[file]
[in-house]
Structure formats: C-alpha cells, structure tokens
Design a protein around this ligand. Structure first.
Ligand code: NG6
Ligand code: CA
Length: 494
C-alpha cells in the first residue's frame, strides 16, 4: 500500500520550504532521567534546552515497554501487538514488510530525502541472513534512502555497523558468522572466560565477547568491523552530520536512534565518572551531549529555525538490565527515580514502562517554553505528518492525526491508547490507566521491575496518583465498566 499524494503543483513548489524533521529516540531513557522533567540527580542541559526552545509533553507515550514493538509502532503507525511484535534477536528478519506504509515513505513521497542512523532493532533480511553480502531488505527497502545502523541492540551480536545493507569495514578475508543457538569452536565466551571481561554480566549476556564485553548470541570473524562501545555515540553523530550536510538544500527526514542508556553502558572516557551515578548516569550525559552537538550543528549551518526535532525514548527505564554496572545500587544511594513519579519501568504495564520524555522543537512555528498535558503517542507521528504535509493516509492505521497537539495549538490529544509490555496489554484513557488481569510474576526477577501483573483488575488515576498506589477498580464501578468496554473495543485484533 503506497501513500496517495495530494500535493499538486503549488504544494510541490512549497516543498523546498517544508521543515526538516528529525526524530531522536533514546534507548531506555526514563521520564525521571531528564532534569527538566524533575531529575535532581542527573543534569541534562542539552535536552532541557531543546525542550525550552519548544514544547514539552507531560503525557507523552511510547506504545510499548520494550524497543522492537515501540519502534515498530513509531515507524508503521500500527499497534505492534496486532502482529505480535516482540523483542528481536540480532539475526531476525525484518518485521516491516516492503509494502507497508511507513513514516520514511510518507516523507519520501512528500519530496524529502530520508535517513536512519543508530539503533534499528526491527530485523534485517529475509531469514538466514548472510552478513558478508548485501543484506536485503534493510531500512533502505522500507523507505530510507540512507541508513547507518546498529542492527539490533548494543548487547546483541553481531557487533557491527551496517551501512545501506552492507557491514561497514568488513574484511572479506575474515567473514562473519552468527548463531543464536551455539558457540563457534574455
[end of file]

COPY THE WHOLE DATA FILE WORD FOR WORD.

[in-house]
Structure formats: C-alpha cells, structure tokens
Design a protein around this ligand. Structure first.
Ligand code: NG6
Ligand code: CA
Length: 494
C-alpha cells in the first residue's frame, strides 16, 4: 500500500520550504532521567534546552515497554501487538514488510530525502541472513534512502555497523558468522572466560565477547568491523552530520536512534565518572551531549529555525538490565527515580514502562517554553505528518492525526491508547490507566521491575496518583465498566 499524494503543483513548489524533521529516540531513557522533567540527580542541559526552545509533553507515550514493538509502532503507525511484535534477536528478519506504509515513505513521497542512523532493532533480511553480502531488505527497502545502523541492540551480536545493507569495514578475508543457538569452536565466551571481561554480566549476556564485553548470541570473524562501545555515540553523530550536510538544500527526514542508556553502558572516557551515578548516569550525559552537538550543528549551518526535532525514548527505564554496572545500587544511594513519579519501568504495564520524555522543537512555528498535558503517542507521528504535509493516509492505521497537539495549538490529544509490555496489554484513557488481569510474576526477577501483573483488575488515576498506589477498580464501578468496554473495543485484533 503506497501513500496517495495530494500535493499538486503549488504544494510541490512549497516543498523546498517544508521543515526538516528529525526524530531522536533514546534507548531506555526514563521520564525521571531528564532534569527538566524533575531529575535532581542527573543534569541534562542539552535536552532541557531543546525542550525550552519548544514544547514539552507531560503525557507523552511510547506504545510499548520494550524497543522492537515501540519502534515498530513509531515507524508503521500500527499497534505492534496486532502482529505480535516482540523483542528481536540480532539475526531476525525484518518485521516491516516492503509494502507497508511507513513514516520514511510518507516523507519520501512528500519530496524529502530520508535517513536512519543508530539503533534499528526491527530485523534485517529475509531469514538466514548472510552478513558478508548485501543484506536485503534493510531500512533502505522500507523507505530510507540512507541508513547507518546498529542492527539490533548494543548487547546483541553481531557487533557491527551496517551501512545501506552492507557491514561497514568488513574484511572479506575474515567473514562473519552468527548463531543464536551455539558457540563457534574455